Ad spending to rise: survey

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Advertising spending will show modest growth in 2003, according to an annual study.

Telecommunications and prescription-drug companies will help drive up totals, according to the 26th annual study, Advertising Ratios & Budgets, by Schonfeld & Associates.

Schonfeld's modest forecast for 2003 follows two years in which the study missed the downturn. Schonfeld in 2000 predicted 2001 would show a solid increase in spending; U.S. ad spending actually fell. Last summer, Schonfeld forecast 6.7% growth for 2002; spending, at best, is likely to be up only a few percentage points this year.

Telecom has been hammered in the downturn, but Schonfeld's new study forecasts it to see ad spending grow to $26 billion in 2003, up 5.6% as the ongoing changes in competition among the major players pushes up ad budgets. Spending among wireless-communications companies will rise 12.2% to $7.4 billion, while cable and satellite TV companies trying to get a share of the Internet-access business will spend $6.8 billion on advertising in 2003, Schonfeld projected.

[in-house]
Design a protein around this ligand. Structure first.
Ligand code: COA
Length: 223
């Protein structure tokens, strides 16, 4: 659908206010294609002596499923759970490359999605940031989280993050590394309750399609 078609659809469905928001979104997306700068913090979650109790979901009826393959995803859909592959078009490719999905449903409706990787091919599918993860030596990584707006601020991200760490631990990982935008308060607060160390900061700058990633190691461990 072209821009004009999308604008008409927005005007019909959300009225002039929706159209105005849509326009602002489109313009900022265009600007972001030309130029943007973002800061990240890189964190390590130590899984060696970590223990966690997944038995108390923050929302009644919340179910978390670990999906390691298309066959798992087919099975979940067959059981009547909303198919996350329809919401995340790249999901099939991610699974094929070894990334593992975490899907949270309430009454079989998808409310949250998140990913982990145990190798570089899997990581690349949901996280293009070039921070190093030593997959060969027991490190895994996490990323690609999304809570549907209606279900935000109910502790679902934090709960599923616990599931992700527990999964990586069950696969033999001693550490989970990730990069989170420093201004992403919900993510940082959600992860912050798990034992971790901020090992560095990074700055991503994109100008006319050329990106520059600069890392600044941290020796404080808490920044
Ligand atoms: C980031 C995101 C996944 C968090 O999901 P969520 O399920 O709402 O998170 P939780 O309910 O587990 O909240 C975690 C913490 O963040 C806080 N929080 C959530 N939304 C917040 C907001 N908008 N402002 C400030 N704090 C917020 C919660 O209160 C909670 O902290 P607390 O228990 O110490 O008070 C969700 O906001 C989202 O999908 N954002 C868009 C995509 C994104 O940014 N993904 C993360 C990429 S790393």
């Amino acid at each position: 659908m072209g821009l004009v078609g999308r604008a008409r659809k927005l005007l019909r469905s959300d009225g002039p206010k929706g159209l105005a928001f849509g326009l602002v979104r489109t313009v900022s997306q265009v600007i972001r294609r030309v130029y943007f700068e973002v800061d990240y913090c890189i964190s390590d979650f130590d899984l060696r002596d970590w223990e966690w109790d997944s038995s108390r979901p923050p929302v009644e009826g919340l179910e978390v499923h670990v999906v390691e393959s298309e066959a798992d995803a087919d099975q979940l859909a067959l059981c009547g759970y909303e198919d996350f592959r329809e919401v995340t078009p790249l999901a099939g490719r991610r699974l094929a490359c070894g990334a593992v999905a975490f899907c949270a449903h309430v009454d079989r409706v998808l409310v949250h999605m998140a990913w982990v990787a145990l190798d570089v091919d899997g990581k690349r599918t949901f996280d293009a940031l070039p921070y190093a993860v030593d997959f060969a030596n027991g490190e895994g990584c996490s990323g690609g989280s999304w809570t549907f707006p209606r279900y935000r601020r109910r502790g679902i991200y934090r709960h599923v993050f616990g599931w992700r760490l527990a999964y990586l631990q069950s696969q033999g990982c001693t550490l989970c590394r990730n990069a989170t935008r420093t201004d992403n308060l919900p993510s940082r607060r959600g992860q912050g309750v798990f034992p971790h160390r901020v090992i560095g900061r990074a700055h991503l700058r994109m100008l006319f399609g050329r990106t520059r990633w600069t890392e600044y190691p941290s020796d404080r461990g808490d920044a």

DTC drives growth

The pharmaceutical industry will increase spending 10.9% in 2003 as direct-to-consumer marketing keeps driving growth in the category, the study found. The industry will spend $25.4 billion in 2003 as companies invest to defend their over-the-counter versions of major drugs from generic competition as several major patents expire in coming years.

In 2003, the top global ad spender will again be Nestle, whose estimated budget of $8.4 billion will rise 7.4% over 2002, Schonfeld said. Large food companies are expected to spend just over $19.8 billion in 2003, up slightly from 2002's $19.2 billion. The 118 restaurant chains in the study will average 3.3% ad growth and spend a total of $3.3 billion in 2003, Schonfeld found.

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